2) The detail was wonderful (lip smacks on Bill Henderson's Send in the Clowns; the delicate shimmer at the very beginning of Stevie Nicks' Rhiannon; studio decay from sibilance by Jennifer Warnes' Song of Bernadette).
3) I found the Omega to be amazingly coherent. Even with a crossover of 650 hz in the critical midrange I didn't hear any discontinuity between the midrange/tweeter ribbon and the woofer panel. (However, I am not particularly sensitive to driver discontinutiy, as evidenced by the fact that I lived happily for many years with MartinLogan Monoliths.)
4) I found this to be the most dynamic pure (no dynamic driver hybrid) planar speaker I have ever heard. While the hybrid MartinLogans provide cone excursions impact in the the bass region, my issue with MartinLogans is the lack of impact and oomph in the upper bass/lower midrange area. This was the first time I ever felt a little bit of cone excursion type impact from drums on a pure planar speaker! There was richness and “body” in the upper bass/lower midrange area which I have never perceived with pre-Neolith MartnLogans, and for which I have always longed with MartinLogans. The Omega did not have quite the "jump factor" and the transient response of the Avantgarde Trios.
5) I heard no artificial or annoying brightness anywhere.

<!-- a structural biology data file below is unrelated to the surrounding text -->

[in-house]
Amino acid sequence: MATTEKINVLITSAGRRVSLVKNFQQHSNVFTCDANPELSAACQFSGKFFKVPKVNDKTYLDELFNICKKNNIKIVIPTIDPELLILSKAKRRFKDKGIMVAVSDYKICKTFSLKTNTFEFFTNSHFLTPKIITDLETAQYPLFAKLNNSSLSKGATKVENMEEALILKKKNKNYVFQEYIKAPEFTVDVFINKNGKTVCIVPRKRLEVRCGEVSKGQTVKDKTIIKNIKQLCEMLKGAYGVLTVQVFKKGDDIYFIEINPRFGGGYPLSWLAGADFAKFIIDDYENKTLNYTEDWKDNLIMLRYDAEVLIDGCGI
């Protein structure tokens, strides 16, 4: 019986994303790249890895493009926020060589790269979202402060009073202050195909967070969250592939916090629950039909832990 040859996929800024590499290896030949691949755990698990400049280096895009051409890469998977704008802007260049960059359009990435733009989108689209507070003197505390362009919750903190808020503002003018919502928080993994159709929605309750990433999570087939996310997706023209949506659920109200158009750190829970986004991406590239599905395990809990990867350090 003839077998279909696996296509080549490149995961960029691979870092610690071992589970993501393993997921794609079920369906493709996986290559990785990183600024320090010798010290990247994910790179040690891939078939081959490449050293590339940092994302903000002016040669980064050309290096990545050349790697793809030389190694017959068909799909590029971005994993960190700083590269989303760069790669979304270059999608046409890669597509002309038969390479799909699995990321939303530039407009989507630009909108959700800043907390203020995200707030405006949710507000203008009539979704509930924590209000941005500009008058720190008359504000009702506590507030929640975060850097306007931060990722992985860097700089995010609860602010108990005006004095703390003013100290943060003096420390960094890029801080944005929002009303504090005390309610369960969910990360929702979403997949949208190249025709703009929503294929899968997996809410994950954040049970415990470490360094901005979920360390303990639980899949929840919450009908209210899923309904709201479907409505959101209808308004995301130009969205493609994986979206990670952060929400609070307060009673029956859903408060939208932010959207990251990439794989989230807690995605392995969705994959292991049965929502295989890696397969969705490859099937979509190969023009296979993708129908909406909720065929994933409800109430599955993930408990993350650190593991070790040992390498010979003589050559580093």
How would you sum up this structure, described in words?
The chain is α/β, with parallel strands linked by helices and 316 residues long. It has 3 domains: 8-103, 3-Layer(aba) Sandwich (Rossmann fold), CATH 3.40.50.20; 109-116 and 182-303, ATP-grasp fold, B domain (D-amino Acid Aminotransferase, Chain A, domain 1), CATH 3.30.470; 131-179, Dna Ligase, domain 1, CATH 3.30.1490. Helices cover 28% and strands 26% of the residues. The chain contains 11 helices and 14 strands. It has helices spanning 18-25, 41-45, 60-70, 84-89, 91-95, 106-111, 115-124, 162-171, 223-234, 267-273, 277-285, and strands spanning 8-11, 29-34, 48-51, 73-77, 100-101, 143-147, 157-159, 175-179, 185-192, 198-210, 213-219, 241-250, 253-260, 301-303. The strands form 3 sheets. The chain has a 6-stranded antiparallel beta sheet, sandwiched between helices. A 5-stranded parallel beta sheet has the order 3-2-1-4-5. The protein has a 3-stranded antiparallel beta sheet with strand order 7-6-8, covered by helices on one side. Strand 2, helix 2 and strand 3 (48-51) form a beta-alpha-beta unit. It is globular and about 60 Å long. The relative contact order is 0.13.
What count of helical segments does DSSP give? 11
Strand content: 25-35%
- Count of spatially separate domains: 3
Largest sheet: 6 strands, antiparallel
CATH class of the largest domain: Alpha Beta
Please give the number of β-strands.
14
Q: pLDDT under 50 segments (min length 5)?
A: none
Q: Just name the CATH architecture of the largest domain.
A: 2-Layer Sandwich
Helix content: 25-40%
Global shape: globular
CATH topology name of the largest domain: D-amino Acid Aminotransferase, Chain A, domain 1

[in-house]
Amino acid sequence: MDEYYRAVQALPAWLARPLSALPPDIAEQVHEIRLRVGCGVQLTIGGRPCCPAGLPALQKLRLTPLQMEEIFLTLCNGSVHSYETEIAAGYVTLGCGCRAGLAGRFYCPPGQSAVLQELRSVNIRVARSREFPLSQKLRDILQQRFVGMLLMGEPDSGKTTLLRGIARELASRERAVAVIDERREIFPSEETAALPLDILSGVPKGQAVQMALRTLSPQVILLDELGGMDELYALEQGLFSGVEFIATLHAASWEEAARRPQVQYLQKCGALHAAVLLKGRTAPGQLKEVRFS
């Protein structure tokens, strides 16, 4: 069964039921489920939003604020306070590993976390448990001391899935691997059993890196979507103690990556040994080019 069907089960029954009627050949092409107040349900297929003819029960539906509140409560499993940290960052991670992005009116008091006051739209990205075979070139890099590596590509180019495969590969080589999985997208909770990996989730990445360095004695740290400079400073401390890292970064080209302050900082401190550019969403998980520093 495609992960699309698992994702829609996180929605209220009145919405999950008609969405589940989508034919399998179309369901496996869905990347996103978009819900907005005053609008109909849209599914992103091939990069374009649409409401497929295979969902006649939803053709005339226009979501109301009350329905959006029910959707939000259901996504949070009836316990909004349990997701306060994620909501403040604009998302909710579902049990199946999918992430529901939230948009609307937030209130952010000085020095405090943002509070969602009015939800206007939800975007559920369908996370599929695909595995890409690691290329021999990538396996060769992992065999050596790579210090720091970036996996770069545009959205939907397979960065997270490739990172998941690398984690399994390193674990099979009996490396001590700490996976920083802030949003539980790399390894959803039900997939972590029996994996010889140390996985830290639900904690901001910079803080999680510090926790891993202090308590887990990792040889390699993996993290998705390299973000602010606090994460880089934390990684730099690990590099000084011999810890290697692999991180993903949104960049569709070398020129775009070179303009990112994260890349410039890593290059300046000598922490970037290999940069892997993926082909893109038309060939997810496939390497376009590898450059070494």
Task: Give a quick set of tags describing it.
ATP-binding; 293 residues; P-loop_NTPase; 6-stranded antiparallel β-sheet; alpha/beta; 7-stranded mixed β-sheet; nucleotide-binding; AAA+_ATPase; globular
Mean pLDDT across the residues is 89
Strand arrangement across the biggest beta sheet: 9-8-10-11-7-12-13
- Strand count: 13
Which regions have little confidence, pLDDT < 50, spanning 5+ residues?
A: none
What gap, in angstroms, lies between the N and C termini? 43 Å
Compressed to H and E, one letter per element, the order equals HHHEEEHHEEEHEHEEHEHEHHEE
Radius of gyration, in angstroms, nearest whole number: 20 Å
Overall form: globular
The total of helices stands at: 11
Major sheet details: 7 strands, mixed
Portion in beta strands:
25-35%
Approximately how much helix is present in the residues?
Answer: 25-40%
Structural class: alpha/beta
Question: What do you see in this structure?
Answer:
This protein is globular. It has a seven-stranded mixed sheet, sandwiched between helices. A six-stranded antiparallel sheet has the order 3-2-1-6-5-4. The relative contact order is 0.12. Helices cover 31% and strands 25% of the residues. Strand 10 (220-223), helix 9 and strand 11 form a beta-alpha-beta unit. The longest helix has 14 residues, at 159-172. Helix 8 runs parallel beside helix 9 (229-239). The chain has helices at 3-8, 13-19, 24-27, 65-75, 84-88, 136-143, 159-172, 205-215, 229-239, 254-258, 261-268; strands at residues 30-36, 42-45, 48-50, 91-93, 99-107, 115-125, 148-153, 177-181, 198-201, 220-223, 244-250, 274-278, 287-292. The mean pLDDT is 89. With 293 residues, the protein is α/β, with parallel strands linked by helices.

Between the Omega and the hybrid MartinLogans, with the Omega you are giving up one shade of transparency and significantly more cone excursion impact in return for greater body and richness above 200 hz (the hybrid crossover frequency) and more bass detail and texture below 200 hz. Between the Omega and Magnepan MG-IIIA (I have not spent enough time listening to more recent Magnepan speakers, although I suspect I would adhere to this view even if I have), purely on sonic attributes and with Analysis Audio physical design and construction issues aside, I do not know why anybody would buy a Magnepan speaker (and I owned and I still like very much and recommend Magnepan speakers), instead of the comparable height Analysis Audio speaker, especially considering that you can drive the Analysis Audio speakers more easily (including with beautiful-sounding higher-watt SET amps). Of course lower price, and the comfort of a product with a long and extremely distinguished and awarded history, produced for many years by a stable and highly-regarded Midwestern USA company with a time-tested technology, and sold and serviced by a local USA dealer, rather than a product by a newer company in Greece, are perfectly valid reasons for preferring Magnepan. (I am not sure I can get over the Greece aspect myself.)